Tuesday, December 14, 2010

How Much Is That Baby In The Window

Twice Told Tuesday features a photography related article reprinted
from old photography books, magazines, and newspapers.

Photographs were used to bring together the homeless child and the childless home. One of this country's most famous magazines, The Delineator published a Child Rescue Campaign combining sweet photographs of young children with a poignant story told in the style of the time. I am conflicted with regard to this article. I think you may be as well.


The Delineator
June 1909, pg. 793
"The Delineator Child Rescue Campaign"

Now and then Nature sends into the world two children united by the bond of twinship, and this close tie of blood commands for them more than the ordinary share of human interest. Such children reveal mysterious sympathies and startling similarities, even though in outward appearance, in character and in disposition they may differ greatly. The separation of twins is a cruel injustice, and therefore The Delineator asks that they be placed in one home.

Willie and Winnie were born five years ago, in Anaconda, Montana. They were most unwelcome in the little family which had but a precarious existence in the Rocky Mountain mining camp.

There were two other children. The father spent most of his earnings in the saloons; the mother resented poverty. The coming of the twins was regarded as a cruel indignity, a final stroke of ill-luck.

For three years the mother gave the twins unwilling care, then one day she deserted her family. For more than a year the father tried to support his four children, but he relapsed into his old ways, and recently the twins were placed in the care of the Montana Home Society.

The mother has not been heard from since she obtained a divorce and married again, and the father has signed a release, so that Willie and Winnie are free for adoption.

A glance at the faces of these children gives assurance that they are bright and healthy, although from babyhood they have been poorly fed and sadly neglected. They have a close dependence upon each other and appear to understand their present position of uncertainty.

Both are affectionate, obedient, and unselfish. They are docile, good-tempered and easily controlled. Both gave evidence of first rate mentality. They are the types of the American girl and boy of more than average intelligence, and, in just the right environment, they will improve rapidly.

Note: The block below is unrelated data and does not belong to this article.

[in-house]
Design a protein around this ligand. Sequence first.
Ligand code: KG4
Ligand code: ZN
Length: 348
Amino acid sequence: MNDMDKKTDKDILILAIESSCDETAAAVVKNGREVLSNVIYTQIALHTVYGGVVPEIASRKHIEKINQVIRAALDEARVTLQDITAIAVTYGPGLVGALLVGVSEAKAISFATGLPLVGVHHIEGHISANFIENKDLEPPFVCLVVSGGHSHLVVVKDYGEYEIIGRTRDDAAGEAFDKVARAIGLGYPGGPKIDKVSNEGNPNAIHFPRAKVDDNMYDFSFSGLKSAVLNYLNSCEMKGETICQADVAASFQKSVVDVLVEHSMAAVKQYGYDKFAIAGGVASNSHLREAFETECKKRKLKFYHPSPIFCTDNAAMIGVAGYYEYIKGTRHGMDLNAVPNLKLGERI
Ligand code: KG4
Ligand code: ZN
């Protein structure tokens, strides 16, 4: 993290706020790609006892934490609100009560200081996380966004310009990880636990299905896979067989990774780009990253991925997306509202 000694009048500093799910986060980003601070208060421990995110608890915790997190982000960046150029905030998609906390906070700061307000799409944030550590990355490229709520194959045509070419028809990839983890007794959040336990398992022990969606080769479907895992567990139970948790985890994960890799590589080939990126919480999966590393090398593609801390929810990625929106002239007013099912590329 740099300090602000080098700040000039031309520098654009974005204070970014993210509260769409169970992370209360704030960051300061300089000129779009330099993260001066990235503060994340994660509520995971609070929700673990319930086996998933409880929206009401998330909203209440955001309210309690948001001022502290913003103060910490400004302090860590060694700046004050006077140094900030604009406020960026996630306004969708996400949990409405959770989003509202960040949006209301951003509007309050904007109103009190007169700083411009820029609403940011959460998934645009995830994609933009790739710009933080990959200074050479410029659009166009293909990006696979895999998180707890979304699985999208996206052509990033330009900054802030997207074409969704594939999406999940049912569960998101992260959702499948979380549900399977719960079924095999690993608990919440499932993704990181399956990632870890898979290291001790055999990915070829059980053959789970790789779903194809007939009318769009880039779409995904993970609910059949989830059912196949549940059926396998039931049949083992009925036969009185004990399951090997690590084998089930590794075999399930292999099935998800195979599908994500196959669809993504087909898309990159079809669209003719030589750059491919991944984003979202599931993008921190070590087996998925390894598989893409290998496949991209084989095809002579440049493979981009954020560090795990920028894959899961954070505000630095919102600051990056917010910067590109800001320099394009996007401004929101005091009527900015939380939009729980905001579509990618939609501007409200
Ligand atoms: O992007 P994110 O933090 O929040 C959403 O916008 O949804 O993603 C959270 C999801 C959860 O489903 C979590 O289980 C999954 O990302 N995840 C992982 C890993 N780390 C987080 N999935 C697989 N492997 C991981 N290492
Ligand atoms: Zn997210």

It is desired that these children shall be adopted by residents of Montana.

Sources:

Magazine and Photograph


"The Delineator Child Rescue Campaign."The Delineator, June 1909, 793.

5 Comments:

Blogger hummer said...

Wonderful find. Such a sad story.

December 15, 2010 at 10:37 AM  
Blogger Kristin said...

I wonder what happened to them. It would be amazing if they were without problems with the life they lived in their first five years.

December 15, 2010 at 11:22 AM  
Blogger footnoteMaven said...

I was rather conflicted about the article. It reminded me of the animal shelter spots on TV. These were "obedient children." But then they were trying to find them homes and from my research, it appears the magazine was rather successful. Good homes I hope.

Once Christmas is over, I want to know what happened to them. I am writing a research plan. I hope to be able to complete the story.

This is one of the 35 "old magazines" I gave myself for Christmas. Every one is filled with treasures like this. I'm going to have such fun.

-fM

December 15, 2010 at 11:25 AM  
Blogger Kerry Scott said...

Ohhh. That is heartbreaking. Especially with the picture...to see those two kids and imagine the start they had...wow.

I hope you find out that they turned out okay.

December 15, 2010 at 12:59 PM  
Blogger CMPointer said...

fM, I'm jealous. To have such mysteries in your possession is a wondrous thing. However, I am without doubt that you shall uncover their family stories splendidly.

~C

December 19, 2010 at 8:23 PM  

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